Booth has been in the currency and fixed income markets since 1999. That’s when he helped launch the Ashmore Group, one of the largest pure-play emerging market fund managers in the world with around $70 billion under management. Before he retired to write books and launch his new private equity firm New Sparta Limited, Booth was a regular source of mine here at FORBES. He’d talk about the wonders of emerging market debt; their relative strength compared to the Western world and how they’ve improved  from their “Third World” days of yesteryear; and the day of reckoning that would come when the Chinese yuan becomes a reserve currency. Continue reading

Oil-Rich Nations Are Selling Off Their Petrodollar Assets at Record Pace

In the heady days of the commodity boom, oil-rich nations accumulated billions of dollars in reserves they invested in U.S. debt and other securities. They also occasionally bought trophy assets, such as Manhattan skyscrapers, luxury homes in London or Paris Saint-Germain Football Club.

Now that oil prices have dropped by half to $50 a barrel, Saudi Arabia and other commodity-rich nations are fast drawing down those “petrodollar” reserves. Some nations, such as Angola, are burning through their savings at a record pace, removing a source of liquidity from global markets.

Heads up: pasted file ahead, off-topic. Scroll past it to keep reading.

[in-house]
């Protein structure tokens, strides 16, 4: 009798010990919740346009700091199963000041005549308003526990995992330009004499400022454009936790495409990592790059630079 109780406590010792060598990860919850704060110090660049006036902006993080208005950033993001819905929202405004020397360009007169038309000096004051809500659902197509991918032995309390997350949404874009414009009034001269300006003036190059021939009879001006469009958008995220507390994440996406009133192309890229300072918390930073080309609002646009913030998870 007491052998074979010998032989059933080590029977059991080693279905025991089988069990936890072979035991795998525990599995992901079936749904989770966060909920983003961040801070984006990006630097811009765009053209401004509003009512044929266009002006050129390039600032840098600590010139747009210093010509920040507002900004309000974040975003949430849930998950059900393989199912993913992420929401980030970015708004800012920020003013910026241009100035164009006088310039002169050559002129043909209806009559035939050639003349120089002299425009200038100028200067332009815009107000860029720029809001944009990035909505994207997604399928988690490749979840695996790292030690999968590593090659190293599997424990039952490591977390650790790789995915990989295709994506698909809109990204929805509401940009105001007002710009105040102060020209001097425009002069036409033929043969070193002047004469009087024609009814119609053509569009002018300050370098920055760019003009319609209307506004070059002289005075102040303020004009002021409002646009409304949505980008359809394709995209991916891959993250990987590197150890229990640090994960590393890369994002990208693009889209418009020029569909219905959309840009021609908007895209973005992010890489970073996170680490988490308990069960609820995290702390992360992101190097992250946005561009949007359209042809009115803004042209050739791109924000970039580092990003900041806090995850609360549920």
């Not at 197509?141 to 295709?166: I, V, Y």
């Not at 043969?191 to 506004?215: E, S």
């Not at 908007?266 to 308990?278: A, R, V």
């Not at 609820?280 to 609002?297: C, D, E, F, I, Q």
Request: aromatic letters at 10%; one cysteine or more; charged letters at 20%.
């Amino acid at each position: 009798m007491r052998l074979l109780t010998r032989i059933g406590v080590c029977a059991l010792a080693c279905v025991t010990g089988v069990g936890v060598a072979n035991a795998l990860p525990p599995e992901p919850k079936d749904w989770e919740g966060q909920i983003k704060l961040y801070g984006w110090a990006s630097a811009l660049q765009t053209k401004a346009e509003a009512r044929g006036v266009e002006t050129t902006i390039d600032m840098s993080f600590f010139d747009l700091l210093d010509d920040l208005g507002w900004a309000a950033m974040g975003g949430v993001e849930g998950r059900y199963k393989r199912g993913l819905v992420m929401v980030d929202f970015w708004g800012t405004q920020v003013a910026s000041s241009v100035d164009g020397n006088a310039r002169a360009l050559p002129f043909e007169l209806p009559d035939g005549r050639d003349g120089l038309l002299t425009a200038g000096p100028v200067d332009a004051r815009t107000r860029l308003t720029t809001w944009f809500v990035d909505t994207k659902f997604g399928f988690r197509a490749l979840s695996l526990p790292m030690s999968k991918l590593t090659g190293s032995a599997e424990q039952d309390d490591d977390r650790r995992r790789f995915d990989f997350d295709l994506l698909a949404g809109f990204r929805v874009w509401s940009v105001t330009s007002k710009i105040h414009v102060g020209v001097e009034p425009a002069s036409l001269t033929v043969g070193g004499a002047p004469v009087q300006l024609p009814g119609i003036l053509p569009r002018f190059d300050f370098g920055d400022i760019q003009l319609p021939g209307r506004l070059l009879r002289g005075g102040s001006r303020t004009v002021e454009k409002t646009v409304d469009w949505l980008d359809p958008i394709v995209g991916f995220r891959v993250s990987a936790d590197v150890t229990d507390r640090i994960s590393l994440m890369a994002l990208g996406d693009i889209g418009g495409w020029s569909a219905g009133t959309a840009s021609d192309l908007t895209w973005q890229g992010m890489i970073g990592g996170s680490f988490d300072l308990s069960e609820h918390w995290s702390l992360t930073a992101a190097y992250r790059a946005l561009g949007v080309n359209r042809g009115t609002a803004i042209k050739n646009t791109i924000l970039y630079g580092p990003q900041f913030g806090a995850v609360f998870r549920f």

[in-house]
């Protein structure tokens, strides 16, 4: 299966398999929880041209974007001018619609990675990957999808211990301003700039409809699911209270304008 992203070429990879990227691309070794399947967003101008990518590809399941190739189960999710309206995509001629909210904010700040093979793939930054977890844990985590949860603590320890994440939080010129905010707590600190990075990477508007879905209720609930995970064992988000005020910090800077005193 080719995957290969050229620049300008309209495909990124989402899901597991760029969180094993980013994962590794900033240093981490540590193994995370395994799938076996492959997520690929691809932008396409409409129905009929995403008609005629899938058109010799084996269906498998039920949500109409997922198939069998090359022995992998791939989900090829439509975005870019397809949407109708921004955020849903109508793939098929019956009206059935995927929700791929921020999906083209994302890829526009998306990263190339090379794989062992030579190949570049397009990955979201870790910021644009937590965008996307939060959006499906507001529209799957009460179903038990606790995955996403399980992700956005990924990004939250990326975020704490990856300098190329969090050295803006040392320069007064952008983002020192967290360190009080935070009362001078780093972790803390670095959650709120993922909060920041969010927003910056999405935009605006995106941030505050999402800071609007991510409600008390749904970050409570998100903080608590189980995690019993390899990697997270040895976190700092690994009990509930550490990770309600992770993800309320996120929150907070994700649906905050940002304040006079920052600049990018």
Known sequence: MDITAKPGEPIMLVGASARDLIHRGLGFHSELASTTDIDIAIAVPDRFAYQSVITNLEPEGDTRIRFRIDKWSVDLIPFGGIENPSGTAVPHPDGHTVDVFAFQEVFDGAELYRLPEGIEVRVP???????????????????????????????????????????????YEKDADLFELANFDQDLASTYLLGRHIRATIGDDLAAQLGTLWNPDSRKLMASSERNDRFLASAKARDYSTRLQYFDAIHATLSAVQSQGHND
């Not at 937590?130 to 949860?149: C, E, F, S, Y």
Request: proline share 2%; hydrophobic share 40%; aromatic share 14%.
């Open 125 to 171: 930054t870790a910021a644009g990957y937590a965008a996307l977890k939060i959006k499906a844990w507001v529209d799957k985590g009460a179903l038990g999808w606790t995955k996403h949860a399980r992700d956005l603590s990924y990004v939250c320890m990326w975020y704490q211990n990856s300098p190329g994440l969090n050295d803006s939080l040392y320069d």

Continue reading

The Coming Public Debt Crisis

 

COMMENT: Hi Martin

I am a macro manager. I read your article on April 9th about Public/ private.

I agree it will happen but Commercial banks hold only a tiny part of the US Treasury as you will see from the graph attached. They will probably buy on the way up and China reserve growth is slowing making domestic buyers the prime target . There is scarcity of quality collateral with all new type of regulations (Dodd, Basel III etc..)

Thanks for your good work. Continue reading

A Chinese Gold Standard?

LONDON — While the 70th anniversary of D-Day last month received a lot of attention, another event, in July 1944 — the Bretton Woods conference, named for the mountain resort in New Hampshire where it was held — was perhaps even more significant in shaping the modern world. It not only led to the creation of what are now the International Monetary Fund and the World Bank, but it also confirmed the central position of the United States dollar in the international monetary system.

Why does this matter for us now? Just as America displaced Britain as the world’s pre-eminent economic power in the interwar period, so, too, the large debts and fiscal pressures confronting the West, and the rise of China and other economic powers, challenge us to think about the future of finance.

For most of the 19th century the British pound had been the world’s “reserve currency,” the currency in which trade and finance were denominated. “As sound as a pound” became a widely used expression. The pound was pegged to gold at a fixed rate of just under £4 per ounce. Continue reading